Dr. Caroll personally gave the welcome and started the evening event, and Nikki, President of BUUF, introduced me to the audience. I enjoyed the opportunity of talking about China, especially the Cultural Revolution and my family’s experience surviving the persecution and chaos. I also read a section of my book to have the audience experience a particular moment with me. I felt I could have heard a pin drop when I related my story. 


What a special event! My heartfelt thanks to Dr. Caroll, Elsie, Nikki and the other students and faculties whose support made the event possible.   


Jian Ping, author of Mulberry Child: A Memoir of China.

Talking to International Women Associates in Chicago

Tuesday, March 24th, 2009



Jian Ping (2nd left) with IWA Members, photo taken by Susan Hanes

Jian Ping (2nd right) with IWA Members, photo taken by Susan Hanes

  It was in late 2008 when I first received an e-mail from Kuri Shea, Chair of the Asian Culture Group of the International Women Associates (IWA), an organization founded 31 years ago for women who were either born in foreign countries or worked abroad or did (doing) international business. A mutual friend mentioned my book Mulberry Child to Kuri and she invited me to talk the Asian Culture Group. We’ve maintained contact since then, and today, March 24, was the date we selected for the talk. I took the day off from work and was eager to meet Kuri and her group.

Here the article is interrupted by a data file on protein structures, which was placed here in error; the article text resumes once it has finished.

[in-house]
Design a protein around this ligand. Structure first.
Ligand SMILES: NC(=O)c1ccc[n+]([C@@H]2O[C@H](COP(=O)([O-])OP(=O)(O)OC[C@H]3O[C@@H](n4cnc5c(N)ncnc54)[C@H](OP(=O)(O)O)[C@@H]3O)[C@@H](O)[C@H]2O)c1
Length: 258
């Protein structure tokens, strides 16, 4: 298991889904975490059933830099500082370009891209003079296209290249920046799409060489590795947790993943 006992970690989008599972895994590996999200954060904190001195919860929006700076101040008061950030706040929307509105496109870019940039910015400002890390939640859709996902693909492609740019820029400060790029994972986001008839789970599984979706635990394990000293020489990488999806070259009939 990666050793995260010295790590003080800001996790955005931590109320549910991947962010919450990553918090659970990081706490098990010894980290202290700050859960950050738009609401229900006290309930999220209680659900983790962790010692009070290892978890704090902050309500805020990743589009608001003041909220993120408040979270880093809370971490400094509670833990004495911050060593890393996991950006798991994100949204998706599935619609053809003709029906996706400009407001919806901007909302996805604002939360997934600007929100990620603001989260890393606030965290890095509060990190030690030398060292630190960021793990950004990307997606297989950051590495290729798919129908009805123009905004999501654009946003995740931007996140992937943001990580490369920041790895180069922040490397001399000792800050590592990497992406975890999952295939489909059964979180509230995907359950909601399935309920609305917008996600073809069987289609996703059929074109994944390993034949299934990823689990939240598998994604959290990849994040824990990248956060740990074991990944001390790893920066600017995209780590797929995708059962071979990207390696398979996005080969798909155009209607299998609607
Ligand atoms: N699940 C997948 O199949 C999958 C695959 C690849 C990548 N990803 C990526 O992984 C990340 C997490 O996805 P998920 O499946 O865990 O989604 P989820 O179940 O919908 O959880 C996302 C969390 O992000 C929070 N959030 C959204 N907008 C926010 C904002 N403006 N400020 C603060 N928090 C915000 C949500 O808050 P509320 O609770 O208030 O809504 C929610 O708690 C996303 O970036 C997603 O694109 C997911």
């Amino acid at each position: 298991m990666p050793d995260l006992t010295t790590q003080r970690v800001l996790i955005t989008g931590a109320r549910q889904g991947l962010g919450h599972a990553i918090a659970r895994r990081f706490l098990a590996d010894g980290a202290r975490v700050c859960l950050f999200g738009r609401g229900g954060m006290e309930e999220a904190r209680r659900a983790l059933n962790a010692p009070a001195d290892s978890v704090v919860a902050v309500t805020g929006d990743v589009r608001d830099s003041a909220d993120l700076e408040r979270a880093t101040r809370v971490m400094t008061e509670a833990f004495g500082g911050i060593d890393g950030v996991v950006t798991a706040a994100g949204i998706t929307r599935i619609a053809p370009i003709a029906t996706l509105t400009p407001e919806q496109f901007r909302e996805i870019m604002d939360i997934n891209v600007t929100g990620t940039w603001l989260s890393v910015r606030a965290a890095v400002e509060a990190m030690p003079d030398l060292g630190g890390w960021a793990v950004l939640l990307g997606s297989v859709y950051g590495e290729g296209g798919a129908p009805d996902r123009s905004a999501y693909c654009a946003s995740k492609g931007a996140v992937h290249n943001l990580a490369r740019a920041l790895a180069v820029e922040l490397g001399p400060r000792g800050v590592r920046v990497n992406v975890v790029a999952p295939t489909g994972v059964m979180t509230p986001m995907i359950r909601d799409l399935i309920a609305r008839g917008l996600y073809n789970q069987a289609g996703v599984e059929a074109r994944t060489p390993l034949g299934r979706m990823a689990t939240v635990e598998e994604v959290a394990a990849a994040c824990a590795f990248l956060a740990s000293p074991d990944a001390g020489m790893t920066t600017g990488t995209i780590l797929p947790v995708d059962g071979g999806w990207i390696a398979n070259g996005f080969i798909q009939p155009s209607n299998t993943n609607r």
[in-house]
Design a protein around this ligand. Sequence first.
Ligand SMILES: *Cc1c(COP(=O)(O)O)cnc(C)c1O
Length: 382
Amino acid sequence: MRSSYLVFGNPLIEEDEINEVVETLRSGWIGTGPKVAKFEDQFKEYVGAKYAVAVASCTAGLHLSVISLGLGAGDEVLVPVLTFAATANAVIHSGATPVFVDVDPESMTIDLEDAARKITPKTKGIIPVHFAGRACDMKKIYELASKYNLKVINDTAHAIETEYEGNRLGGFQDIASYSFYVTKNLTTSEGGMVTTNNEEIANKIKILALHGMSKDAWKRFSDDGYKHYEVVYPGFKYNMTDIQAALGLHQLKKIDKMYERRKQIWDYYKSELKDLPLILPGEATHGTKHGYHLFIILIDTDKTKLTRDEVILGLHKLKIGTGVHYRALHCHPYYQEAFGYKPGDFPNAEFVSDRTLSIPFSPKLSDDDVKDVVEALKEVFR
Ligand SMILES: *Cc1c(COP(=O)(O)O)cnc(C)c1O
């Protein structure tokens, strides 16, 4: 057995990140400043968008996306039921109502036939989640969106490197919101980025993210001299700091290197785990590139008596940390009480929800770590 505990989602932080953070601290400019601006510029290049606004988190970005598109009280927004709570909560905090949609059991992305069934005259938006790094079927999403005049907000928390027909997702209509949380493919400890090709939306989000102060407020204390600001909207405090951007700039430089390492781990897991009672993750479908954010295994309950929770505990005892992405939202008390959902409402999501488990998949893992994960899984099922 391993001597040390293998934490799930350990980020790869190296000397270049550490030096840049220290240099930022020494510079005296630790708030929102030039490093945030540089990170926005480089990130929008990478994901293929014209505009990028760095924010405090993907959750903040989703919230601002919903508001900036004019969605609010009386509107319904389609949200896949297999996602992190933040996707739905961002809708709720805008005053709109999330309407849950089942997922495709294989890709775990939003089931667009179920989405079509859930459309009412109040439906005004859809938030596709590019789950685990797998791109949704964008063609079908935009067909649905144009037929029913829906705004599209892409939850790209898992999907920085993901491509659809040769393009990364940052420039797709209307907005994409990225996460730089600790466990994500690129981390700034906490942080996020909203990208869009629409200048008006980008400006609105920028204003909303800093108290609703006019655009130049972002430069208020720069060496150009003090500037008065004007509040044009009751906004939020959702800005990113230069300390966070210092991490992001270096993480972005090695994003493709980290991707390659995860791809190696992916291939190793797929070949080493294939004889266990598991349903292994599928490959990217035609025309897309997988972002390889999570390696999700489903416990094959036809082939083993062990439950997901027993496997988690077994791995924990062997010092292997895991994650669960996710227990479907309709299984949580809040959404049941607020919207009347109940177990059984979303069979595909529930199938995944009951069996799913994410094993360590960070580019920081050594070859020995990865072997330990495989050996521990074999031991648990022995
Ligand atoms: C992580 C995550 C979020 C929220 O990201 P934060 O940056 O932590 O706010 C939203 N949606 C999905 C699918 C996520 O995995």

Heather hosted the meeting at her residency, a spacious, high-ceilinged apartment on the 1st floor of a well maintained building at Hyde Park. Kuri had informed me that Heather came from Britain and was very interested in Asian cultures. I thought I was early, but was pleasantly surprised to see more than a dozen women in the room as I walked through the door. More, trays of fruits and pastries had covered the counters in the kitchen. The setting was warm and cozy.

Kuri, a Japanese descent, and I shook hands. Her brilliant smile and friendly remark made me feel I was meeting an old friend. Kuri wasted no time to introduce me to Marilyn Clancy, President of IWA, Heather, our hostess, Juling from Taiwan, and a number of others. As I greeted each of them, I realized the majority of the women present were not Asians, but Westerners who were interested in Asian cultures. Interestingly, half a dozen of them were wearing the wide-sleeve, elegant kimonos and they looked natural and beautiful in them.